With more than 6,000 sets of credentials issued to news organizations worldwide, the first formal U.S. briefing yesterday on this week's summit drew about 200 journalists, most of them regular diplomatic correspondents based here.
This was to be the summit overture, as played by the U.S. side, after almost a week of Soviet experts briefing journalists. In fact, however, the briefing at the Commerce Department seemed more like a trial run for the media facilities than a prelude to the peace talks.
The real test may not have been of the telephones, the heating or the television hookups, all of which seemed to work. It was whether journalists from around the world could find their way from the working-press center at Commerce to the briefing auditorium.
Navigating the way through the corridors to the room where White House spokesman Marlin Fitzwater opened an on-the-record session with U.S. arms-control specialists would have challenged even the most adept Eagle Scout.
So, U.S. Information Agency officials taped a yellow line along the floors to reduce the number of journalists disappearing in the maze of hallways. Like a strange echo from the "Wizard of Oz," security guards kept advising journalists to "follow the yellow tape line."
On Monday through Thursday, the J.W. Marriott Hotel at 14th Street and Pennsylvania Avenue, will be the site of another international press center where White House and Soviet spokesmen are to brief reporters twice daily.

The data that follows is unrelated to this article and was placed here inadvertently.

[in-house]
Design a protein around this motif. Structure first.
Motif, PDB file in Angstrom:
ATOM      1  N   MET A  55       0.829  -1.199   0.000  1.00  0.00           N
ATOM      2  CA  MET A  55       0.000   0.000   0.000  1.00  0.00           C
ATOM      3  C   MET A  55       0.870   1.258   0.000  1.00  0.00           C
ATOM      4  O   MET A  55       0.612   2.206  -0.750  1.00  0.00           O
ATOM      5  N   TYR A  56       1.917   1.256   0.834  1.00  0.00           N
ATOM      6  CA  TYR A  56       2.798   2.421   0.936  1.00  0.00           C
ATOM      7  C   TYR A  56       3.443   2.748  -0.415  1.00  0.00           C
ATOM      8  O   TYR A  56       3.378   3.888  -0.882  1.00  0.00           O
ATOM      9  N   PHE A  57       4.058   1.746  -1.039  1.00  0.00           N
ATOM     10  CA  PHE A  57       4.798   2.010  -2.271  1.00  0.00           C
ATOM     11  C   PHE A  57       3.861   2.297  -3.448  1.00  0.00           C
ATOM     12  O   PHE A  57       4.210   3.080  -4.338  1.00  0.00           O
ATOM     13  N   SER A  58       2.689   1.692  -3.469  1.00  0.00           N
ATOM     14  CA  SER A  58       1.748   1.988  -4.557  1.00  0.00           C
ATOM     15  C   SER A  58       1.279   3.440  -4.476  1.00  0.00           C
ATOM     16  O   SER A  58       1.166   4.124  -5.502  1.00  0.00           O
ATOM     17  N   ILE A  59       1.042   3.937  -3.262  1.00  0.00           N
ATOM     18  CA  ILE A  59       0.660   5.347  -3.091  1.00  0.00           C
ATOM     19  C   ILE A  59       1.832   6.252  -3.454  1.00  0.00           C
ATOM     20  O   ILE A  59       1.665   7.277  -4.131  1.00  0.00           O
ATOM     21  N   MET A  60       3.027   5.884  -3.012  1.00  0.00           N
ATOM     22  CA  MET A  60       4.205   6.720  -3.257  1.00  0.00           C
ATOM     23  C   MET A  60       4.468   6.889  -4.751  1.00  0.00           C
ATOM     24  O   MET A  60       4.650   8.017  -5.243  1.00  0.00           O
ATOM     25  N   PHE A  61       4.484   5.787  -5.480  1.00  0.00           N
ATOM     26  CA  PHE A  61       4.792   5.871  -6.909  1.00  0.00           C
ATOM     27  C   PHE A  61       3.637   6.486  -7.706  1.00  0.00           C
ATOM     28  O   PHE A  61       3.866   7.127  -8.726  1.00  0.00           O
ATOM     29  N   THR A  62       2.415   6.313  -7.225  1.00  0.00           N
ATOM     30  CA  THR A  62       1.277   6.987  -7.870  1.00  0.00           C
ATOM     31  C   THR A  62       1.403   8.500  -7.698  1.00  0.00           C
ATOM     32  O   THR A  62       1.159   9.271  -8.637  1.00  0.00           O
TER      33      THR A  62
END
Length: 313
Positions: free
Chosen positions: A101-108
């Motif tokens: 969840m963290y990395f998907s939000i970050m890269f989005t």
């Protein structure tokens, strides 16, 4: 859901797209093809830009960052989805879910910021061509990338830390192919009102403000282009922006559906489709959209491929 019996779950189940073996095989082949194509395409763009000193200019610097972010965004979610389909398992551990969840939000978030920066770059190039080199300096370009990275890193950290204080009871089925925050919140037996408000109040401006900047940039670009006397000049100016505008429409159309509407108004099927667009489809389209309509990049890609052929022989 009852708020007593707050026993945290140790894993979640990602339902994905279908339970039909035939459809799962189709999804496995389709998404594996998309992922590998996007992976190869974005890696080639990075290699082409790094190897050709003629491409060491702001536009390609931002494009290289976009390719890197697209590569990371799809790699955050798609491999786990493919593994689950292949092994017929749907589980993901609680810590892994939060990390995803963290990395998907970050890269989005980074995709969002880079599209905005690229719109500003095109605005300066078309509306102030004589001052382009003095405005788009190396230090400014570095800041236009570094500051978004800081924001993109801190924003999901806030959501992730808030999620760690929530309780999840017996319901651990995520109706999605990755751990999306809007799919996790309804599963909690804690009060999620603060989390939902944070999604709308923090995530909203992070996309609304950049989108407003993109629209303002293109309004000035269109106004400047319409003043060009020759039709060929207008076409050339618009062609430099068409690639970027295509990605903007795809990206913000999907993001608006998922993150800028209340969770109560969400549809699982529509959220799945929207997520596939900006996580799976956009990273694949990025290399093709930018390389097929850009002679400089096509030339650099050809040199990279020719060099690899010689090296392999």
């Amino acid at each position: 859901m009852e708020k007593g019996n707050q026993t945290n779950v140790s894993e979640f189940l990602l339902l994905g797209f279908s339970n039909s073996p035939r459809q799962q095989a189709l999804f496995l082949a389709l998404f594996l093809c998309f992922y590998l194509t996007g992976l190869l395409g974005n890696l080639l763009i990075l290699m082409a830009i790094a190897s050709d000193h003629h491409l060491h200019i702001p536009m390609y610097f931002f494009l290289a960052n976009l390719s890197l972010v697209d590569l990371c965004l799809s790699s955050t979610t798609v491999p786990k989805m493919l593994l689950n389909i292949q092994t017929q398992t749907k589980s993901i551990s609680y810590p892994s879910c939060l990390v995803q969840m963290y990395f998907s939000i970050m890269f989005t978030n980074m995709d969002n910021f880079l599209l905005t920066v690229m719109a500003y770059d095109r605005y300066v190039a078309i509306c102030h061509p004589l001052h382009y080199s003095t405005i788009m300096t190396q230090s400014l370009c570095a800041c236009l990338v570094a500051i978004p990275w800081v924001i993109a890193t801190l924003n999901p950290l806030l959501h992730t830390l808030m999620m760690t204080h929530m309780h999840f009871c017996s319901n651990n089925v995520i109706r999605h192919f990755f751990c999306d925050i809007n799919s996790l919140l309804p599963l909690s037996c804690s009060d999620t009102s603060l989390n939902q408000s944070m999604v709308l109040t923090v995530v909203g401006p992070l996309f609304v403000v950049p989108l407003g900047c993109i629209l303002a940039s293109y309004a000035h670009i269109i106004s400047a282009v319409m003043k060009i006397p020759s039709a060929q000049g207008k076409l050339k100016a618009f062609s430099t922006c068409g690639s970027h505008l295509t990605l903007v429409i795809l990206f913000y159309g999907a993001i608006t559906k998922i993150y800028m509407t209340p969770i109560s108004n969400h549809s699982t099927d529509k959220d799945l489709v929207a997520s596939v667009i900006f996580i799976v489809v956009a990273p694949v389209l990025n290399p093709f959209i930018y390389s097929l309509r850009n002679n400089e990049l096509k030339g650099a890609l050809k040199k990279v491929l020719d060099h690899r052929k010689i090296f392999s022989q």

Until 11 p.m. tonight, though, the massive grand ballroom -- 100 yards long -- is to be filled with guests from other functions.
At a session Friday afternoon, USIA and Marriott officials tried to negotiate times for bringing in 600 extra telephone lines before the media room opens at 9 a.m. Monday. As the officials talked, a telephone technician rushed from the room and said to a passer-by: "Nine hours? Nine hours? This usually takes a week."
The invasion of journalists and their technical teams has made hotel denizens nervous, and hotel officials acknowledged last week that they know this will be a lot different than a bankers' convention.
"The Marriott people said they wanted us to assure them that the journalists were going to be well-behaved," said Robert Garrity, director of the Foreign Press Center. "I finally just said no way."
Burnett, Garrity and others said Marriott and White House officials worked out use of the hotel for the summit. "They know it is an extremely historic occasion and want to participate in it," Garrity said.
For each media credential, Marriott and the USIA have provided a package including reprinted Reagan speeches, a USIA briefing on Soviet jamming of U.S. government broadcasts into the Soviet Union and a T-shirt bearing the nation's flags, the date of the summit and hotel name.
Although media credentials will be as treasured as tickets on the 50-yard line, the passes have drawn criticism from U.S. journalists because of the stars and stripes.
The pass bears the red background with yellow hammer and sickle on the Soviet flag, merged with a version of the U.S. flag with three stars and seven stripes.
"What happened to the other 47 states?" one reporter asked, adding that it isn't something worth an official protest, at least not yet.